For UHF only the 91XG is superior to the UHF section of the 8200. However, channel 7-13 still need coverage for his major stations. If you want a single antenna, the 7698 would be the equivalent to the 8200 without the big, honkin' channel 2-6 elements. It would easier to try the configuration already suggested unless you want to try to handle a behemoth like the 7698.
ProjectSHO89 is offline  
post #9 of 10 Old 11-30-2012, 05:27 PM
AVS Special Member
 
ProjectSHO89's Avatar
 
Join Date: Feb 2009
Posts: 2,522
Mentioned: 0 Post(s)
Tagged: 0 Thread(s)
Quoted: 20 Post(s)
Liked: 60
The 91XG is a UHF-only antenna. The 8200 is an all-channel antenna. That's why it's 10 feet wide at the back and 14 feet long. The UHF portion is the front part, the part that resembles the 91XG. There's nothing on his TVFool chart that suggests an all-channel would be either necessary or even useful.

For UHF only the 91XG is superior to the UHF section of the 8200. However, channel 7-13 still need coverage for his major stations. If you want a single antenna, the 7698 would be the equivalent to the 8200 without the big, honkin' channel 2-6 elements. It would easier to try the configuration already suggested unless you want to try to handle a behemoth like the 7698.
ProjectSHO89 is offline  
post #10 of 10 Old 11-30-2012, 05:27 PM
AVS Special Member
 
ProjectSHO89's Avatar
 
Join Date: Feb 2009
Posts: 2,522
Mentioned: 0 Post(s)
Tagged: 0 Thread(s)
Quoted: 20 Post(s)
Liked: 60
The 91XG is a UHF-only antenna. The 8200 is an all-channel antenna. That's why it's 10 feet wide at the back and 14 feet long. The UHF portion is the front part, the part that resembles the 91XG. There's nothing on his TVFool chart that suggests an all-channel would be either necessary or even useful.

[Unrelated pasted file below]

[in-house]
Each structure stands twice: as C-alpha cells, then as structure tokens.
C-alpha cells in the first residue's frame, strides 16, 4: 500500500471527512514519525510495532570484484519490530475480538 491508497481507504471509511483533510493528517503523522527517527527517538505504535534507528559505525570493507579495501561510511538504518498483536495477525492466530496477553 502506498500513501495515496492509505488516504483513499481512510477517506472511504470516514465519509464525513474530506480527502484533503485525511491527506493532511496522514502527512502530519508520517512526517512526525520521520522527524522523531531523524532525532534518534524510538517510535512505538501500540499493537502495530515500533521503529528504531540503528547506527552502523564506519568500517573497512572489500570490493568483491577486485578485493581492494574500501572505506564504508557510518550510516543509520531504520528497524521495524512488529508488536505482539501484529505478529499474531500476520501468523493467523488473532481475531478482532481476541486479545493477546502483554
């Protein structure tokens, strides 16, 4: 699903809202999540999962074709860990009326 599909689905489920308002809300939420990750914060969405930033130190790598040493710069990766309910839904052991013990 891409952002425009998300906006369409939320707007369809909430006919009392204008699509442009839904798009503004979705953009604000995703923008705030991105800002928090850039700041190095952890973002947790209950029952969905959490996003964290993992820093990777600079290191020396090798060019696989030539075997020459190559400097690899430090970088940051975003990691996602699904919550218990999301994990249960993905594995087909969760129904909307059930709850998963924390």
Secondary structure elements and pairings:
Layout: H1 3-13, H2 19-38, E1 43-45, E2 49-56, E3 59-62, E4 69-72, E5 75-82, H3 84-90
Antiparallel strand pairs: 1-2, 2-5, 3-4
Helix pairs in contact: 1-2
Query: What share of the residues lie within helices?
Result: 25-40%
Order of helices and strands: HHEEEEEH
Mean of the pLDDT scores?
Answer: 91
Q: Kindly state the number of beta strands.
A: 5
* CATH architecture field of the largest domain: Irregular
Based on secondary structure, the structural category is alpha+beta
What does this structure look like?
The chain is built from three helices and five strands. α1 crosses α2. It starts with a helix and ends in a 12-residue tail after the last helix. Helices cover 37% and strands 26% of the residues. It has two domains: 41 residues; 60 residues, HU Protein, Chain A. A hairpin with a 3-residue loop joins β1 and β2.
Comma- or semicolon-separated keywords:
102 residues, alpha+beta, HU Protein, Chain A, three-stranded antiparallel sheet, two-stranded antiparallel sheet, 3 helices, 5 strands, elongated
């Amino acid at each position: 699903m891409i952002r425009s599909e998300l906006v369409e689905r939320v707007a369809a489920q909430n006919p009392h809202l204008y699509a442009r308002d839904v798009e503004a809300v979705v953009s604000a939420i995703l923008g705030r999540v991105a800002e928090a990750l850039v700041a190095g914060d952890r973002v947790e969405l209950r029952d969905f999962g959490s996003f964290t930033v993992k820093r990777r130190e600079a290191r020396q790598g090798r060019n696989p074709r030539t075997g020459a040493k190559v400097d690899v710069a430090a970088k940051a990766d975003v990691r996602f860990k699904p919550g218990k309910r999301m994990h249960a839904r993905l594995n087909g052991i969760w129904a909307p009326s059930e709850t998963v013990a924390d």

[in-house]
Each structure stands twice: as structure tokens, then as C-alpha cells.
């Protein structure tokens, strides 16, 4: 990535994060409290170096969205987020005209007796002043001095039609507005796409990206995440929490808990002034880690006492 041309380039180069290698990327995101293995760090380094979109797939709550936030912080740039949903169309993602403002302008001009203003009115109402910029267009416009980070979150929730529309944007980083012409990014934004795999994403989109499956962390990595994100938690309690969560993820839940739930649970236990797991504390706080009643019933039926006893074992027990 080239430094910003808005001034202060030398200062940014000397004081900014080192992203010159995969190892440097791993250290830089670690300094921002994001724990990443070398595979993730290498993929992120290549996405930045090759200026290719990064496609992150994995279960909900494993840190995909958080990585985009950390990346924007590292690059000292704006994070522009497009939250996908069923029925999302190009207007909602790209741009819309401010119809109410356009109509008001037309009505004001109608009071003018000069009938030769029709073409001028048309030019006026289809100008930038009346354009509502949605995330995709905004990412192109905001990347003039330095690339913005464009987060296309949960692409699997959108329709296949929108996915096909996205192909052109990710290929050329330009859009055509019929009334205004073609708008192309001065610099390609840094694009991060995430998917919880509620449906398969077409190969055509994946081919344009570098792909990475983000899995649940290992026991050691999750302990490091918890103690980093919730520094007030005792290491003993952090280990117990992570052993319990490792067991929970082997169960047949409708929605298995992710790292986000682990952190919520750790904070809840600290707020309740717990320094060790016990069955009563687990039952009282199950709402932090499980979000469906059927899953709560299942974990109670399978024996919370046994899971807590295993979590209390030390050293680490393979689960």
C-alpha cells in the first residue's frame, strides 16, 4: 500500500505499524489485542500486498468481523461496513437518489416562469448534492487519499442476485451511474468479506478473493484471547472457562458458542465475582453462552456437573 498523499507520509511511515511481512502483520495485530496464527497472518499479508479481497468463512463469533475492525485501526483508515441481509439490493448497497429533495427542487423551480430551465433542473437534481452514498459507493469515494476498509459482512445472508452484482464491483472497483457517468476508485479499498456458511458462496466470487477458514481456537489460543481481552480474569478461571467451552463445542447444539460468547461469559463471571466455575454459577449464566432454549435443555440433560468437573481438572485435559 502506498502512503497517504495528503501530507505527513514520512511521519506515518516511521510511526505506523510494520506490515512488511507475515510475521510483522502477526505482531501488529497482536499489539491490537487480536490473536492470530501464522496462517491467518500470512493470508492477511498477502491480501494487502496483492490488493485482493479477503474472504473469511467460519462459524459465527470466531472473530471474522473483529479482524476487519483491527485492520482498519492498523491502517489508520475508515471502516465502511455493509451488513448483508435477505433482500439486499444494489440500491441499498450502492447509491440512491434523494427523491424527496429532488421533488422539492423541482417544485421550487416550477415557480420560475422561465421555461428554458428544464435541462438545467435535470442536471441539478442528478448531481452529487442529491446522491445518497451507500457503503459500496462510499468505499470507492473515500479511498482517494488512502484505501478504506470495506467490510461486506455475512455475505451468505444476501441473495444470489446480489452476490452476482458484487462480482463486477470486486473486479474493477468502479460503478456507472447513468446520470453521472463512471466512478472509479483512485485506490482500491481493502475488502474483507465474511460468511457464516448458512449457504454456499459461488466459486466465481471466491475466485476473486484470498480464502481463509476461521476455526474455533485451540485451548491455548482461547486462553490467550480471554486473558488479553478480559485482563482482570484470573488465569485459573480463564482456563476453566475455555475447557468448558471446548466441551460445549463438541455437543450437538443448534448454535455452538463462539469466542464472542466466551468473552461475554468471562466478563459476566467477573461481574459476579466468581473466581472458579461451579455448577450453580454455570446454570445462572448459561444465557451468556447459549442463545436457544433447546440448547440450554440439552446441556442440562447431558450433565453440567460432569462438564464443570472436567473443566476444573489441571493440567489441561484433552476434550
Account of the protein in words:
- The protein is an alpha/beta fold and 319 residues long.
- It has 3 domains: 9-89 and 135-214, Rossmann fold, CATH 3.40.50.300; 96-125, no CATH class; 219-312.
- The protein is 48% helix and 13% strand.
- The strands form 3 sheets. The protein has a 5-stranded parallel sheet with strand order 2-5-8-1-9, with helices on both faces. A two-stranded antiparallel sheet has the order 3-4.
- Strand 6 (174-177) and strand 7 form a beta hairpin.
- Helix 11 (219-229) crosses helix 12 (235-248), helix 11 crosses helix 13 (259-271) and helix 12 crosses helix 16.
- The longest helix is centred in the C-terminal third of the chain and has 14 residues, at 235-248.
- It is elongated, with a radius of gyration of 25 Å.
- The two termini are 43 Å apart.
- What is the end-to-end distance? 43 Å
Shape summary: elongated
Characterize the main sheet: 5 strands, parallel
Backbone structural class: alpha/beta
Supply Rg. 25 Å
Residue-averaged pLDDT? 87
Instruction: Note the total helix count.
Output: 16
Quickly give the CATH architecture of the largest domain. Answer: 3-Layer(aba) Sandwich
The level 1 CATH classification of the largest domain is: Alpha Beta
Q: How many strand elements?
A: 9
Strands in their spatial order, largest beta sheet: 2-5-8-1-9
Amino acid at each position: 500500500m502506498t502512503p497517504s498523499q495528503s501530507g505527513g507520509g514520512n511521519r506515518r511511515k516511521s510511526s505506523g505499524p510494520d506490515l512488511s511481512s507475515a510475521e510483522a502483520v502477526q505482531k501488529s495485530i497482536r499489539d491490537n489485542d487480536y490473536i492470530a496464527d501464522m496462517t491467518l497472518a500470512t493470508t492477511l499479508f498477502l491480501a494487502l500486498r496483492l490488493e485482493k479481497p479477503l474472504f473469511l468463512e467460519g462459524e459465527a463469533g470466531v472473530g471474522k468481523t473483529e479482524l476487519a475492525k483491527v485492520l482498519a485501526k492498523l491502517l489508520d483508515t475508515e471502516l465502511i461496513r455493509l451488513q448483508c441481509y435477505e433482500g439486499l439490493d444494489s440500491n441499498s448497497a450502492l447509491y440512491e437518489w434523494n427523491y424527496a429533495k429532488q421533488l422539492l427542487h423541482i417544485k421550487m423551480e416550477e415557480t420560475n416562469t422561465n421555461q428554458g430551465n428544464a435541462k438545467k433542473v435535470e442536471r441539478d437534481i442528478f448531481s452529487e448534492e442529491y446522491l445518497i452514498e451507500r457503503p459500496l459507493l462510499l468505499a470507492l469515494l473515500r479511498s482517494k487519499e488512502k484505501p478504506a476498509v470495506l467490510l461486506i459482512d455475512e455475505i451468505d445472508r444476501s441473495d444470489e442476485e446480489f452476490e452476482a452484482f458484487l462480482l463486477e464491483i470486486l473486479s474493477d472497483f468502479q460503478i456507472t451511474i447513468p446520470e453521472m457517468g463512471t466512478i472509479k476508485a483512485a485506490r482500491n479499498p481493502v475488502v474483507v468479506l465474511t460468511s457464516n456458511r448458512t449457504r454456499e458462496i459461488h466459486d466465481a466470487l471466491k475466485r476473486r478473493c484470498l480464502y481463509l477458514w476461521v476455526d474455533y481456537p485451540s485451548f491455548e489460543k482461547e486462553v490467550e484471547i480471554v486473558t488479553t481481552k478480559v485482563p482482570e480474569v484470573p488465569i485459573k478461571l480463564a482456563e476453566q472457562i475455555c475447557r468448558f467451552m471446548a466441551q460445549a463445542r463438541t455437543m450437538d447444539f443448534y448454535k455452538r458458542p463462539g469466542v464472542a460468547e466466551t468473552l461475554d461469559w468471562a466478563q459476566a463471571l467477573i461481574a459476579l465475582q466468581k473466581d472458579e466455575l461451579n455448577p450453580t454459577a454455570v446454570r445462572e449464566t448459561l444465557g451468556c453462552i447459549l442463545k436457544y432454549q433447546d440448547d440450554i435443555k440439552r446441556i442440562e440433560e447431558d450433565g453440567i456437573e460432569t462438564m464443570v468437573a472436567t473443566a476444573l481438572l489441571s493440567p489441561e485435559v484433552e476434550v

For UHF only the 91XG is superior to the UHF section of the 8200. However, channel 7-13 still need coverage for his major stations. If you want a single antenna, the 7698 would be the equivalent to the 8200 without the big, honkin' channel 2-6 elements. It would easier to try the configuration already suggested unless you want to try to handle a behemoth like the 7698.
ProjectSHO89 is offline  
Reply HDTV Technical

User Tag List

Thread Tools
Show Printable Version Show Printable Version
Email this Page Email this Page


Forum Jump: 

Posting Rules  
You may not post new threads
You may not post replies
You may not post attachments
You may not edit your posts

BB code is On
Smilies are On
[IMG] code is On
HTML code is Off
Trackbacks are Off
Pingbacks are Off
Refbacks are Off